Niki: She is a star. I agree. I'm also a hardcore capitalist, although it's falling out of vogue among younger, younger Americans, but I'm still there! And it's a national security issue because if everything that we own runs on a supply chain, which was fragile just from the pandemic, but if you also look at the geopolitics of it, we, we absolutely must have some homegrown chips.

You, I don't wanna accuse you of having the nerdiest office in the United States Senate, but I did hear about your birthday gift [chuckling]...

Senator Warner: I'm a, I, I'm a little, yeah. I, I, I, I'm guilty as charged! But you know, it's, it's, um, particularly as somebody who wasn't a tech investor, being, being able to at least get past the buzzwords to try to drill down on some of these issues is, is exciting.

It's also, y’know, this issue; both the combination of China and technology competition is still one of the few remaining truly bipartisan issues. Y’know, a lot of these issues don't fall on the conservative/the liberal, y’know, continuum. It's much more kind of a future-past and I think America's always been its best when it's been future-leaning. [Niki: Yup]

And then, y’know, I think there's a, a lot we can do to reestablish the need. One, this gets back into the nerdy category. So, the big picture- we, the thing that scared the dickens out of me as much as anything was not only back with Huawei winning the 5G contest. And I say this as somebody who was in the wireless industry, so I’m particularly nerdy here, but China was also flooding the zone on all of these standard-setting bodies. 

One of the things that's kind of been a secret sauce in terms of America's success, literally since Sputnik, is with virtually every technology innovation, even if it wasn't invented in America, we got to set the rules, the standards, the protocols. We did that in wireless, we did it in satellite, we did it in TV, you name the software.

China woke up to that. And you know, in 5G, for example, in the next generation, they were not only the world's leading company, but they were starting to set the rules. We've seen that as well in terms of China investing in a lot of the forums around artificial intelligence. And boy, you do not want an authoritarian, non-privacy protecting, y’know, regime setting the rules for AI on a going-forward basis.

So one of the things we do, we also need to do, is make sure the public sector, private sector, and our friends around the world reengage, not only on innovation but then the rules that surround each of these innovations,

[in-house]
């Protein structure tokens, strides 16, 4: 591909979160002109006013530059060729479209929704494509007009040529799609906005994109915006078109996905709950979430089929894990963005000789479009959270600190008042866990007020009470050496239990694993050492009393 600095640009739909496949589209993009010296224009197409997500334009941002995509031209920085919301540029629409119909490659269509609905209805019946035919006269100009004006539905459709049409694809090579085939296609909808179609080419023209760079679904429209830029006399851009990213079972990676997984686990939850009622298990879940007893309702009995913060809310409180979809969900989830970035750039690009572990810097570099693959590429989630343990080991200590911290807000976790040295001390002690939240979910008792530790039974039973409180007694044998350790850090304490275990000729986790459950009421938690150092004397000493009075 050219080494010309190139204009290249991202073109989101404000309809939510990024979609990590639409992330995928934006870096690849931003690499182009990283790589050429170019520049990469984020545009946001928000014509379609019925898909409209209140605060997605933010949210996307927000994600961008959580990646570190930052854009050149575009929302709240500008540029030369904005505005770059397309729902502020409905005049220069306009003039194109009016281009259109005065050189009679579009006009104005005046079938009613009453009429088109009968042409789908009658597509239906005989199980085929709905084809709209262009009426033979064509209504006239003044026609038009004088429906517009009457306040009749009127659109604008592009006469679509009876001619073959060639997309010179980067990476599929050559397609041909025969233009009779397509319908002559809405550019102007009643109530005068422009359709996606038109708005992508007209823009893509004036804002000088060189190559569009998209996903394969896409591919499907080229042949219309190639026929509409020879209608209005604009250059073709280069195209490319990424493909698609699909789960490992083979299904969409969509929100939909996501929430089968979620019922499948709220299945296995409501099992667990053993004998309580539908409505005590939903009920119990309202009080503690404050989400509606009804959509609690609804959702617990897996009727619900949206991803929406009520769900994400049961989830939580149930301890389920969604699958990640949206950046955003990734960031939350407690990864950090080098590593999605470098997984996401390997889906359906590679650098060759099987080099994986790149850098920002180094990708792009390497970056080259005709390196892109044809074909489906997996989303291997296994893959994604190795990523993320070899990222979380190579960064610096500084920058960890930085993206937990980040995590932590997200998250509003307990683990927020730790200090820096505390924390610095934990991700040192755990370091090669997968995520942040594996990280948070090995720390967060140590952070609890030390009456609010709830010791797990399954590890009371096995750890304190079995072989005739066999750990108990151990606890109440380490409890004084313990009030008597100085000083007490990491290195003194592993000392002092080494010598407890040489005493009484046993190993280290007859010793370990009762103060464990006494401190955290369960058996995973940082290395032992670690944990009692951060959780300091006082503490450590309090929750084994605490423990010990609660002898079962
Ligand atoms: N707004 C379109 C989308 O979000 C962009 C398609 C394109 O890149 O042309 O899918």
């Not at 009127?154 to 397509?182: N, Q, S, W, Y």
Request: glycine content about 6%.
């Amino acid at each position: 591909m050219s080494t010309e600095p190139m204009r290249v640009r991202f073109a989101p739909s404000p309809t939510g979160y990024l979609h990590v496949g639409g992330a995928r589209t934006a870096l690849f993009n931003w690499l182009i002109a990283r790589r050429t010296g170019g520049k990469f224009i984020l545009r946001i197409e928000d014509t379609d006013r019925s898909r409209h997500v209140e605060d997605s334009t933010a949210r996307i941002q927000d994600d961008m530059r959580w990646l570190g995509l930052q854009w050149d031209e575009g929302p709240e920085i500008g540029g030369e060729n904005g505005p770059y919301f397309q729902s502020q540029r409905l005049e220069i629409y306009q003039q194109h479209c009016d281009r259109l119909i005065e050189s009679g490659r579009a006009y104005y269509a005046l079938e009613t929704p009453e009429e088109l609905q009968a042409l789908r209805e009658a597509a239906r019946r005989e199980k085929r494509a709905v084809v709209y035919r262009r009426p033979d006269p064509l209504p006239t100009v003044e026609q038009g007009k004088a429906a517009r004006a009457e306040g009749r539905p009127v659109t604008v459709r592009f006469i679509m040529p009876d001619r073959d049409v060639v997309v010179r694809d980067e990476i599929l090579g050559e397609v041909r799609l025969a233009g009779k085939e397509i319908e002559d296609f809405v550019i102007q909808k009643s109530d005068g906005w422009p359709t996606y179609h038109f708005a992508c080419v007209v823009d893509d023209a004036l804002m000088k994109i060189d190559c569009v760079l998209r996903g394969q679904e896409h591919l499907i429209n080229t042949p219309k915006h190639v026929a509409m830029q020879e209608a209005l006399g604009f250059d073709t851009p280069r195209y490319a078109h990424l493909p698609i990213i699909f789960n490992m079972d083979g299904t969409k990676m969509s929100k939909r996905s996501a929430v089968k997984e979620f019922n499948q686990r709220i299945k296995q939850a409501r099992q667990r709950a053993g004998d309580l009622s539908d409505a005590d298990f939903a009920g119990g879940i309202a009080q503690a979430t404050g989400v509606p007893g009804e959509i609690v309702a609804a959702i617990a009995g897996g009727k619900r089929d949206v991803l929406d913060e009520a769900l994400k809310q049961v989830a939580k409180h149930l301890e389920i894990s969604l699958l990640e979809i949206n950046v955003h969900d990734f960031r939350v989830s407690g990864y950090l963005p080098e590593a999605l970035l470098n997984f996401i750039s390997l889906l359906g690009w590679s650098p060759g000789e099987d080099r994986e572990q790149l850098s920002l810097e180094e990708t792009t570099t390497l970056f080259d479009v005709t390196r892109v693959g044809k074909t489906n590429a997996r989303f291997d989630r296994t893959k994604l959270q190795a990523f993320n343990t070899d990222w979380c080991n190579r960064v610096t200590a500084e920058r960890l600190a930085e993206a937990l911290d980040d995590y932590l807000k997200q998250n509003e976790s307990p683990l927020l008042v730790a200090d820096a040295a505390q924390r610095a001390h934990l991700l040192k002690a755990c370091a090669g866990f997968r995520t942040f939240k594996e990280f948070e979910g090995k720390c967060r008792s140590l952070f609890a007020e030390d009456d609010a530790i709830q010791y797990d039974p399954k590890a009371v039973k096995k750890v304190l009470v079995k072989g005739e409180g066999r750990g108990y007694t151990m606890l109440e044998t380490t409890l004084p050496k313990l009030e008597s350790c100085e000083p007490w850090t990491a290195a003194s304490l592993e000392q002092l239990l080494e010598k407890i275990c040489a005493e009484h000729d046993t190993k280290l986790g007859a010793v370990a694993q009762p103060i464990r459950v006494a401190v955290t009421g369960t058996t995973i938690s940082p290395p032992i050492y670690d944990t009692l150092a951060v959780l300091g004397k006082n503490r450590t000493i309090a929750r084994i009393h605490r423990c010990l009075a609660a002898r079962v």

Niki: [interrupting] Right! Not, I mean, and not just “America First,” but sort of a democracy and a place with the rule of law running some of these things.

I passed the Official Clock with my young cousin at the Naval Observatory, and I said, “That's the official time.” And she said, “Oh, is that Apple’s headquarters?”[Senator Warner: laughs]  “No!”

Senator Warner: Amen! [Niki: It's not!]  Amen, amen! 

[both chuckling]

Niki: Yeah, it's not! 

So, let's quickly chat you, we've talked about China. We've talked about the importance of chips and making sure that we're leaders in that, making huge investments, which I agree with in AI, and sort of getting on the leading front foot on a lot of these innovations.

One thing that I know you, sort of, it stopped me in my tracks a little bit to see the headline. You said that there was one thing Donald Trump was right about and it was TikTok. So, I'd love to talk a little bit about TikTok and what you see as potentially a national security concern and how the government should address it, because people, Americans, love TikTok. Young Americans love it. What do we do? What do you think? 

Senator Warner: Wow!  Great question and, and remember, this is not the first time we've had to grapple with this. I remember being on the Intelligence Committee and reading about Kaspersky, the Russian-based software firm that was clearly a national security risk. And we were selling it on GSA the, the government's preferred vendor site. It took years to get Kaspersky off.  Huawei, y’know, which is the wireless provider. Huawei is, is a, if you, you wanna have a really scary overlay, and this is in the public domain,  if you look at where Huawei has sold their equipment and where our intercontinental ballistic missile sites are, it's almost a complete overlay.

And, and that if it doesn't scare you, it should!  

Niki: I did not know that! That was chilling. 

Senator Warner: I mean, it's pretty chilling, and you'll, why we are out now spending a lot of money in what's called rip and replace. We're actually literally taking the equipment out because that call that routes from St. Louis to Los Angeles, it routes to Beijing and chances are people might be scraping your data. 

TikTok, I was, y’know, again, it's, it, it was hard for me to acknowledge, but Donald Trump was right, and at first, I didn't fully appreciate what I think are the dual threats coming outta TikTok. On one level, there is the fact that this data is being collected and as you said, Niki, one of the things that's fairly remarkable, I mean, the guesstimate are a hundred million active users in America, 65 million of which are active users in a level of 95 minutes a day. That's like holy heck. And there is an enormous amount of data that is being, that is being collected, maybe not as much as Facebook but still, even though TikTok, which is owned by the Chinese holding company by ByteDance, says that American data is protected we have seen press report after press report that Chinese engineers are still getting access to this.